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Saturday, July 23, 2011

CAROLA (1972)

Discouraged after the mangled English-language release of ELENA ET LES HOMMES/’56 (aka- PARIS DOES STRANGE THINGS), Jean Renoir wrote this 3-act play about a Paris theater company struggling thru the Nazi occupation. But it wasn’t performed until Norman Lloyd (the actor Hitchcock dangled off the Statue of Liberty in SABOTEUR/’42) produced & directed it (on video tape) for PBS/L.A. (In basic 'Golden-Age' TV style.) The premise sounds promising: While continuing to perform a boulevard drama on-stage, the cast & crew of a small theater company play out a real-life boulevard farce backstage. Feydeau would have recognized the situations: a vain leading lady & her dresser juggle a past lover who hopes to rekindle their affair; a star-struck virgin who finds himself stuck in a closet; her current lover, the manager who’s forced to escort a couple of interfering inspectors while he’s cuckolded; and an old gossipy actor who can’t keep his mouth shut. But this farce is happening in wartime, so the gags stick in your throat, the comedy curdles & turns tragic. Alas, Renoir the playwright is no Renoir the filmmaker. He’s hemmed in by his single-set structure, he can't take adavantage of the mirror effect of play reality vs backstage reality and he loses the sense of urgency from our virginal resistance fighter? If he’s fleeing the Gestapo, why does he hang around for an autograph? Perhaps a more nuanced actor than Michael Sacks could have made this work, but there are compensating perfs from Leslie Caron as the actress; Carmen Zapata as her dresser; Anthony Zerbe as the opportunistic theatre-manager; and Mel Ferrer, unusually good as the German General who is Caron’s ex. There’s a whiff of GRAND ILLUSION’s Rauffenstein (the von Stroheim character) about him. NOTE: No poster from this tv production, but here's a recent one from a stage revival. And in the original French!)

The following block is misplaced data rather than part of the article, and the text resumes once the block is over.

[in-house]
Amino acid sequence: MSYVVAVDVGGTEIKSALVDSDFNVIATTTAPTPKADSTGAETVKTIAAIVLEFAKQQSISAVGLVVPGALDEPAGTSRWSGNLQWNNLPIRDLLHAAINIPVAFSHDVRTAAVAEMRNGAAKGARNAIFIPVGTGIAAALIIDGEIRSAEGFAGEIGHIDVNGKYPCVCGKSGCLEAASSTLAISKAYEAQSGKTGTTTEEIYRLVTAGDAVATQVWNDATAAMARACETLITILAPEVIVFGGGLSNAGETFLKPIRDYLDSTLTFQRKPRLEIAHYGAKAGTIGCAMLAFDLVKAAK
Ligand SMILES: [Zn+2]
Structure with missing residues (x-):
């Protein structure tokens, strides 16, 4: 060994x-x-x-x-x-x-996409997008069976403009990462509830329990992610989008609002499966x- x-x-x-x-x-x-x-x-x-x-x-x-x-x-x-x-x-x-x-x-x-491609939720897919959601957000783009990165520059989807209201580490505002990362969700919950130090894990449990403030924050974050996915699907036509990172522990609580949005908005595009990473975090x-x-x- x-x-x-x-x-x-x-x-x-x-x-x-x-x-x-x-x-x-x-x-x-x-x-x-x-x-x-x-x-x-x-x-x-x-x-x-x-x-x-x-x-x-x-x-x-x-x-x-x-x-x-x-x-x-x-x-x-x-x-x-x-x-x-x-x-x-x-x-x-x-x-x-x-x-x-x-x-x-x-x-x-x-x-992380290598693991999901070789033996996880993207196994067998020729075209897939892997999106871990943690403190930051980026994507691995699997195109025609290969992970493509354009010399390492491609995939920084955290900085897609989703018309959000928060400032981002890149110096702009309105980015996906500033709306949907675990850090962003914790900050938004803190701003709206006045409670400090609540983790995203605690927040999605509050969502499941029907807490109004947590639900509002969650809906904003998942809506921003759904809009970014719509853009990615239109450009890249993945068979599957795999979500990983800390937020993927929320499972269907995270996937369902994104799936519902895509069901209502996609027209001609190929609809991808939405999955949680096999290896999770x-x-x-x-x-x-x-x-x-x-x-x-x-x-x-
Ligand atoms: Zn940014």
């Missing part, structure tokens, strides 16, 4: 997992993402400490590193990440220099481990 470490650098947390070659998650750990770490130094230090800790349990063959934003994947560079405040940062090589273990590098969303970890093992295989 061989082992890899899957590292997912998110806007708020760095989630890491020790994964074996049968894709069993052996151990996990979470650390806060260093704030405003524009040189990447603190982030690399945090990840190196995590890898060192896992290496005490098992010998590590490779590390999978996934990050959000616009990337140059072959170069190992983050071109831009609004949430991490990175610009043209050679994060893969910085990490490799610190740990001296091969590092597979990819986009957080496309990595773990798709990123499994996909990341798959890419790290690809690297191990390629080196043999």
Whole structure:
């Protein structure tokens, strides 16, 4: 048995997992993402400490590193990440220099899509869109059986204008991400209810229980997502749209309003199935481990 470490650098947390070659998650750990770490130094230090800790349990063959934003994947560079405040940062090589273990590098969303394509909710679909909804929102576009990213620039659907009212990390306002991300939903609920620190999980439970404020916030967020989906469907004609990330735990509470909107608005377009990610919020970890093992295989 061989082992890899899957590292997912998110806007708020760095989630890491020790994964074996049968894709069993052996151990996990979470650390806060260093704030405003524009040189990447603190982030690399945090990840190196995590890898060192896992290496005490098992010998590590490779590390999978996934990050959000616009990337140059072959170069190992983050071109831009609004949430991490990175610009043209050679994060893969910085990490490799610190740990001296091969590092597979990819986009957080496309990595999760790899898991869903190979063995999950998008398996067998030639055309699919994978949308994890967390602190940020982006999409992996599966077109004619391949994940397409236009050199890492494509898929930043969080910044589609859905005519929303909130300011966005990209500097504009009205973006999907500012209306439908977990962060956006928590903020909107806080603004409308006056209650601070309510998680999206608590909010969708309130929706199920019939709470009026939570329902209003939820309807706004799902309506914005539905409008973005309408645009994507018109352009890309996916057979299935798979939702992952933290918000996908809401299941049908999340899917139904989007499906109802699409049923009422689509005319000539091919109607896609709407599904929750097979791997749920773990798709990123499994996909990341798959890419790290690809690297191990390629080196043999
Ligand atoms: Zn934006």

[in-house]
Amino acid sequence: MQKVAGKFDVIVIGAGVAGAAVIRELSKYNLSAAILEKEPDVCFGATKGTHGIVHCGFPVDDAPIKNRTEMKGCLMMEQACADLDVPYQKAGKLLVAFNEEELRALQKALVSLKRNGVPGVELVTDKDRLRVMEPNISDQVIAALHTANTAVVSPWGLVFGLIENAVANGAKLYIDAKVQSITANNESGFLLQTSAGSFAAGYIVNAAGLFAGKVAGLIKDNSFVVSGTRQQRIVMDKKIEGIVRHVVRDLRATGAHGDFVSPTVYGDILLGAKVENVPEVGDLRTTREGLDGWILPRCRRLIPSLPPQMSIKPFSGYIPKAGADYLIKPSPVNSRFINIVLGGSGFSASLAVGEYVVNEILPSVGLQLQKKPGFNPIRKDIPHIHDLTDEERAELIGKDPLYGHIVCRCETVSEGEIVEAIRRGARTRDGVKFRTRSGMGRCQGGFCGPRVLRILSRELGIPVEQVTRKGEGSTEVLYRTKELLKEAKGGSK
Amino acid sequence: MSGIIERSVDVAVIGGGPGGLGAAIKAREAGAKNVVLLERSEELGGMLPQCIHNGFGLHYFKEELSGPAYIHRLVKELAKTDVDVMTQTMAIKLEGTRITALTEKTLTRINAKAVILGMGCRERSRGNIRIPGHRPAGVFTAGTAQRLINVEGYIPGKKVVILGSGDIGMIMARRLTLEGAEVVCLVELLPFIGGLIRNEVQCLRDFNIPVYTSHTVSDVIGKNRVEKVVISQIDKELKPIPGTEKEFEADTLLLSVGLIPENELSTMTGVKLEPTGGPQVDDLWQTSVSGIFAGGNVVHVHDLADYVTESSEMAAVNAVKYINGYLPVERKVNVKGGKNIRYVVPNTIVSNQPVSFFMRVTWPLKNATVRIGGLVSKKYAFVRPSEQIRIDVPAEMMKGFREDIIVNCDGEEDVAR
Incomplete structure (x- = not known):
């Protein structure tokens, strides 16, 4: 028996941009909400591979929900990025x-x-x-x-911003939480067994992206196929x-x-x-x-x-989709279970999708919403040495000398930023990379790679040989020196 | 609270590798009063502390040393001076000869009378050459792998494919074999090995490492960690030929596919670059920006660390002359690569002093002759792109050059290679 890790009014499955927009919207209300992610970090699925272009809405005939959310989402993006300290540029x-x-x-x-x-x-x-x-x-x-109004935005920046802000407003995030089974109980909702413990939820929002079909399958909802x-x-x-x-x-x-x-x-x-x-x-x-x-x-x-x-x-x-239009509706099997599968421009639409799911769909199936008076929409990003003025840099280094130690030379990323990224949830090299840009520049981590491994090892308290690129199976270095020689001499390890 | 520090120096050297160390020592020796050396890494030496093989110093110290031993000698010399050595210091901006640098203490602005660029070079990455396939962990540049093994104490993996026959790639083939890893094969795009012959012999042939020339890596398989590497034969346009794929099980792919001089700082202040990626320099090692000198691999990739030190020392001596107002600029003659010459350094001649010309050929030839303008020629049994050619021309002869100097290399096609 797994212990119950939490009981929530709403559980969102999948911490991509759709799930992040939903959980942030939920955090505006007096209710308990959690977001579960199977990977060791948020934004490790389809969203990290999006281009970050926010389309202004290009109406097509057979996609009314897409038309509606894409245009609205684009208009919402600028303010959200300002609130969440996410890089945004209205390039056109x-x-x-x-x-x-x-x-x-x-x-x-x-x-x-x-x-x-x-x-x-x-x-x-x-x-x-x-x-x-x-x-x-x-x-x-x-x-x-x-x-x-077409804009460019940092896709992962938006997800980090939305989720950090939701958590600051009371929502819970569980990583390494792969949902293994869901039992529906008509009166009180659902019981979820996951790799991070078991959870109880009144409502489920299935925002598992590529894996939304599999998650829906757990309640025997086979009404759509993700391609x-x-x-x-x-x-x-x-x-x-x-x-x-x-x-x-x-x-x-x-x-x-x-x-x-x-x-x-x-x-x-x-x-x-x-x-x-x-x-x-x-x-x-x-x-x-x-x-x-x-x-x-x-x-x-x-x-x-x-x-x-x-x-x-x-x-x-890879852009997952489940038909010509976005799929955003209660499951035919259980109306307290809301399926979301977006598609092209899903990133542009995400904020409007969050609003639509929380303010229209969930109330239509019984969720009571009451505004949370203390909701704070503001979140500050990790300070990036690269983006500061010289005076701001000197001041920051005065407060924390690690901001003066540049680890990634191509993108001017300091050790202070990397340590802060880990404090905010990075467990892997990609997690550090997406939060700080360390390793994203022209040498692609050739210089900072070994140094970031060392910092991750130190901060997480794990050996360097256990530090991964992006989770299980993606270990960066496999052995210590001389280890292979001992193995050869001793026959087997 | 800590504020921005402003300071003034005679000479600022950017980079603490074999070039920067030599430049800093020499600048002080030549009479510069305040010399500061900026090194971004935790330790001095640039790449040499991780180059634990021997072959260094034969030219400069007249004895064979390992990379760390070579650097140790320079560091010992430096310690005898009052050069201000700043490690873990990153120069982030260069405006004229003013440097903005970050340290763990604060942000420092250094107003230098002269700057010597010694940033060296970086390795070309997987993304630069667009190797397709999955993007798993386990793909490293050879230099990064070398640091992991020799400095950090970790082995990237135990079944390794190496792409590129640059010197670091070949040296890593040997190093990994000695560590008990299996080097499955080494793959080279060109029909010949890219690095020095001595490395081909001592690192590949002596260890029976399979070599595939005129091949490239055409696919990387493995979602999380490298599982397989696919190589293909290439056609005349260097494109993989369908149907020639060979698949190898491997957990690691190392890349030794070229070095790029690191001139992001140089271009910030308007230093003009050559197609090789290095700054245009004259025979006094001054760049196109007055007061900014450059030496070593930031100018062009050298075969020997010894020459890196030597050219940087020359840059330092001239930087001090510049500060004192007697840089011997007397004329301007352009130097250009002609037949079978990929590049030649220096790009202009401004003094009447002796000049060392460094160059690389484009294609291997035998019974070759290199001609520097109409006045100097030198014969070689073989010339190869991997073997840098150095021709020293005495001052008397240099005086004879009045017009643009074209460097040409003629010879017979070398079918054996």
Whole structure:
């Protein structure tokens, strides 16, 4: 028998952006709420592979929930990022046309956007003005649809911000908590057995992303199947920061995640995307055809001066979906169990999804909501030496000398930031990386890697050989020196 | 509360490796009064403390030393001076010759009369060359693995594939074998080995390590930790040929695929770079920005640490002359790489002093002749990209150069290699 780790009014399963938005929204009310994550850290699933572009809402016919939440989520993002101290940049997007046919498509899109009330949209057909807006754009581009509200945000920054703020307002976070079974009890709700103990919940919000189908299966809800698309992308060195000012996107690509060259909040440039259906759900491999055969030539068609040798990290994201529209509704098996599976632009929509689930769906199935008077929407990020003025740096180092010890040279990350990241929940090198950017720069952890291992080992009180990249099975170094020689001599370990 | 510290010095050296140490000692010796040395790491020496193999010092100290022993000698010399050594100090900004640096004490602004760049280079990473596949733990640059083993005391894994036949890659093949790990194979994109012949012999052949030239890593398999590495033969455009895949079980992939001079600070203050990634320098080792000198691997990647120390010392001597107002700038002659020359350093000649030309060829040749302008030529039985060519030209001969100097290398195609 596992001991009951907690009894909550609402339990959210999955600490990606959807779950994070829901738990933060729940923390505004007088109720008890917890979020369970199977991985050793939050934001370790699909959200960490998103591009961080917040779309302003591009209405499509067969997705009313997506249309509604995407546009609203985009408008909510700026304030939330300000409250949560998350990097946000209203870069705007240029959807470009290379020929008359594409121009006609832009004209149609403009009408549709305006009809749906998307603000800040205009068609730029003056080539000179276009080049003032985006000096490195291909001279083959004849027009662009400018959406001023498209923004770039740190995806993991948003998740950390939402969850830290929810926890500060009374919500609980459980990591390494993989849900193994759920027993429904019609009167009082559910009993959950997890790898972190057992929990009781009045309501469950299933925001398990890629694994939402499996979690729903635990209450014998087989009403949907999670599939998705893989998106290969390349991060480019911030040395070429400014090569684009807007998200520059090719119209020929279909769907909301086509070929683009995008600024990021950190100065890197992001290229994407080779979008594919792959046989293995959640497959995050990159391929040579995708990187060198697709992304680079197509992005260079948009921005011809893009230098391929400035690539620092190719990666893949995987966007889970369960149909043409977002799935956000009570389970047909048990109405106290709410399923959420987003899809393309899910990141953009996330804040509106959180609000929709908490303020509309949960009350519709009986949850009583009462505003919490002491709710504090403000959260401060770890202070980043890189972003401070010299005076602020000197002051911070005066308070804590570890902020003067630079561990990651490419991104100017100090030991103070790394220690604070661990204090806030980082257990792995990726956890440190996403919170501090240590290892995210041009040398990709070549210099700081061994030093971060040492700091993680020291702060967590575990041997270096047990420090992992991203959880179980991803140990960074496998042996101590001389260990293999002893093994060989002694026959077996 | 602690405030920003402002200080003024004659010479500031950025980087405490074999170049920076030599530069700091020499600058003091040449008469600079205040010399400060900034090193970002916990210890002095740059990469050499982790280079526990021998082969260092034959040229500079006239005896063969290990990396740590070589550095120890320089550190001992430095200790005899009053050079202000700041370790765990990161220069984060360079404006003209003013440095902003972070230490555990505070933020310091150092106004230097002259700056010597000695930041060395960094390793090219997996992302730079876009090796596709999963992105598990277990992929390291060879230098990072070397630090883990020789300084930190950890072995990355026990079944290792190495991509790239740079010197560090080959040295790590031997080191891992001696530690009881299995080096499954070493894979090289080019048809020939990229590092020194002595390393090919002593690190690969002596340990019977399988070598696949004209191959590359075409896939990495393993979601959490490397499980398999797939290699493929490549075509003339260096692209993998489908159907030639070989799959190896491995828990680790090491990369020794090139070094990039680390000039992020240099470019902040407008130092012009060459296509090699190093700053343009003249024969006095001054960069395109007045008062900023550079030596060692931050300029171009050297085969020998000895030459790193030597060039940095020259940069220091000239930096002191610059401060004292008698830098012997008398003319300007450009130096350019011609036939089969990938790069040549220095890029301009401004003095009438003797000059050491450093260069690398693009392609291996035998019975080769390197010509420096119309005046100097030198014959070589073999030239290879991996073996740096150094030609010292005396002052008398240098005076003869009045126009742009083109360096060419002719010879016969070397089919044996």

WATCH THIS, NOT THAT: François Truffaut probably never saw this, but he was very close to Renoir and must have known of this play since it’s the likely inspiration for THE LAST METRO/’80, his marvelous WWII Nazi-occupation backstager. Jean would have approved.

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